The Real Deal Miami

Lionheart wants $40M for its Ritz-Carlton Residences Miami Beach penthouse

Announcement comes at a turbulent time in Miami's luxury market
December 22, 2016 01:30PM

Rendering of the penthouse and Lionheart Capital CEO Ophir Sternberg

The trend of ultra-decadent penthouses is apparently here to stay in Miami Beach, where developer Lionheart Capital has officially begun marketing a $40 million unit atop its Ritz-Carlton Residences project.

As reported by the Wall Street Journal, Lionheart is shopping the eight-bedroom condo with a price tag of roughly $3,252 per square foot. Arguably its most standout feature is a collection of four private pools on its 13,000 square feet of terraces, though the penthouse also boasts its own library, wine tasting room and two summer kitchens.

The 12,300-square-foot unit is actually composed of two separate condos: Penthouse 1 and 12, which could also be purchased separately, the Journal reported. Potential buyers also have the option of buying the penthouse raw for a $3 million discount. A similarly-sized, tri-level penthouse at the Apogee hit the market just two weeks ago with an ask of $65 million, or $4,378 per square foot.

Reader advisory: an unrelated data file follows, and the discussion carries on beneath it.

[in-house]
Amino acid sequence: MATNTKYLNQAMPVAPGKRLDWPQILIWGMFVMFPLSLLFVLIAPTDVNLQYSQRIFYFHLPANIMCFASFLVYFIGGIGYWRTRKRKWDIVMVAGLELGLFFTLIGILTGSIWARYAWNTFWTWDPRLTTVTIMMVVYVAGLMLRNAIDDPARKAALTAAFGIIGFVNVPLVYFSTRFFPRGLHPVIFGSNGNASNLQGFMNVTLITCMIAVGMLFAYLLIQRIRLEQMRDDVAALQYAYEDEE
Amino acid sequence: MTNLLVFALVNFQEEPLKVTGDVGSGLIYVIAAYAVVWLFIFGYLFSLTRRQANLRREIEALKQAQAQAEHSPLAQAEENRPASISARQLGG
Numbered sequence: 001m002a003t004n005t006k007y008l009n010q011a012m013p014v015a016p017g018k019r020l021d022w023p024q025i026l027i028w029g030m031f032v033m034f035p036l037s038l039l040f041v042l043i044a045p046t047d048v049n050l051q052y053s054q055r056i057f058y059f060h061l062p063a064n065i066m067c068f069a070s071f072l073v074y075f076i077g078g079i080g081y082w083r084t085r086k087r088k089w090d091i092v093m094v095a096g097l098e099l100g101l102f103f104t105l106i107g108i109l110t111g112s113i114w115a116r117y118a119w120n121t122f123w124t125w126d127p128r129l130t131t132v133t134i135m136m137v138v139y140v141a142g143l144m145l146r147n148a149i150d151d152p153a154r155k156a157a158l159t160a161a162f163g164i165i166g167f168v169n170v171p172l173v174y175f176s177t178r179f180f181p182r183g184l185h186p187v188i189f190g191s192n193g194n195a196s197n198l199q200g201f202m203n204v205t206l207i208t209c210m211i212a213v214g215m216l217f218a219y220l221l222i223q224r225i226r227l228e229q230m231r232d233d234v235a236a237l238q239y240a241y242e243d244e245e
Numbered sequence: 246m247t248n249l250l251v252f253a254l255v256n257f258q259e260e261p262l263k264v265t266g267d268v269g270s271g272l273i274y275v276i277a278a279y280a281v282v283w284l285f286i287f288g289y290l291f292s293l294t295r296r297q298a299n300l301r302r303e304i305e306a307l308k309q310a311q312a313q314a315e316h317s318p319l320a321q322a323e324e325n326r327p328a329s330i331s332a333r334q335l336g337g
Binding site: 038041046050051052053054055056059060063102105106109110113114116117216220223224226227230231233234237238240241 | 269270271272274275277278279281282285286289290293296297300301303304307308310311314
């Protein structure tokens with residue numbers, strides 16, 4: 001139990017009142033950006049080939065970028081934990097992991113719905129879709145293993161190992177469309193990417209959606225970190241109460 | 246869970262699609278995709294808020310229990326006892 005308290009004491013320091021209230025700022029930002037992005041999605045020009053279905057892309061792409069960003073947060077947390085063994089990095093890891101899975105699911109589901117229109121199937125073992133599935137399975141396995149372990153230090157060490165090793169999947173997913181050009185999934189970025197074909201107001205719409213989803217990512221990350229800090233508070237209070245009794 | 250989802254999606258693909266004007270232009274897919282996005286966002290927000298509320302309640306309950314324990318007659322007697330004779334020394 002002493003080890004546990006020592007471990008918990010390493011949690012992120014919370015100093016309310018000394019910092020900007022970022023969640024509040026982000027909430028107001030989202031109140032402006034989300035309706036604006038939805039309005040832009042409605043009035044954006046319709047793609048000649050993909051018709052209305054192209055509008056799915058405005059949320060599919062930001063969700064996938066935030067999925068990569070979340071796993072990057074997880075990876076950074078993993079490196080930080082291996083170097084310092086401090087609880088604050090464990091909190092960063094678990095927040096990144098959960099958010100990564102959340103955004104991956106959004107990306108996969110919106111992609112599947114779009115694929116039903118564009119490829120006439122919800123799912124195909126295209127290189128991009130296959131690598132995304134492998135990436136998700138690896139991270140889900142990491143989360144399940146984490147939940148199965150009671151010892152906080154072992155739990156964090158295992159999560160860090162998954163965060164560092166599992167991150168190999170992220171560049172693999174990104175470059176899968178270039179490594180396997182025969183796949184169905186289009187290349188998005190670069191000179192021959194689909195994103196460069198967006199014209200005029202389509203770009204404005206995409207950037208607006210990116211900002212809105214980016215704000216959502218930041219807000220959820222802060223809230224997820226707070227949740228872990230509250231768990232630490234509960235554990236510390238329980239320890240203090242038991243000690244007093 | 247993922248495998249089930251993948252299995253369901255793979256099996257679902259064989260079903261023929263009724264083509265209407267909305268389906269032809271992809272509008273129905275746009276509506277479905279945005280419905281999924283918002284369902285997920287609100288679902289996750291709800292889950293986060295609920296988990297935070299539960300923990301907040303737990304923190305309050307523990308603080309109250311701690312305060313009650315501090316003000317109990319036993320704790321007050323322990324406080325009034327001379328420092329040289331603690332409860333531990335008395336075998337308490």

Douglas Elliman is handling sales for the eight-story project, which has so far sold 60 percent of its 111 units, according to a recent new development survey from brokerage ISG. Prices range from $2 million square feet for a two-bedroom unit to the $40 million penthouse, averaging about $900 to $1,200 per square foot. A collection of 15 villas are also being built alongside the project.

Ritz-Carlton Residences Miami Beach is being built over the former Miami Heart Institute site, which Lionheart demolished. It’s expected to open by the second quarter of 2017.

The project’s penthouse announcement comes at a difficult time for Miami-Dade County’s luxury market, often pointed to as the softest among the price brackets sold.

Just last month, EWM International Realty CEO Ron Shuffield cautioned that many luxury sellers would have to drop their asking prices if they hope to entice buyers. [Wall Street Journal]Sean Stewart-Muniz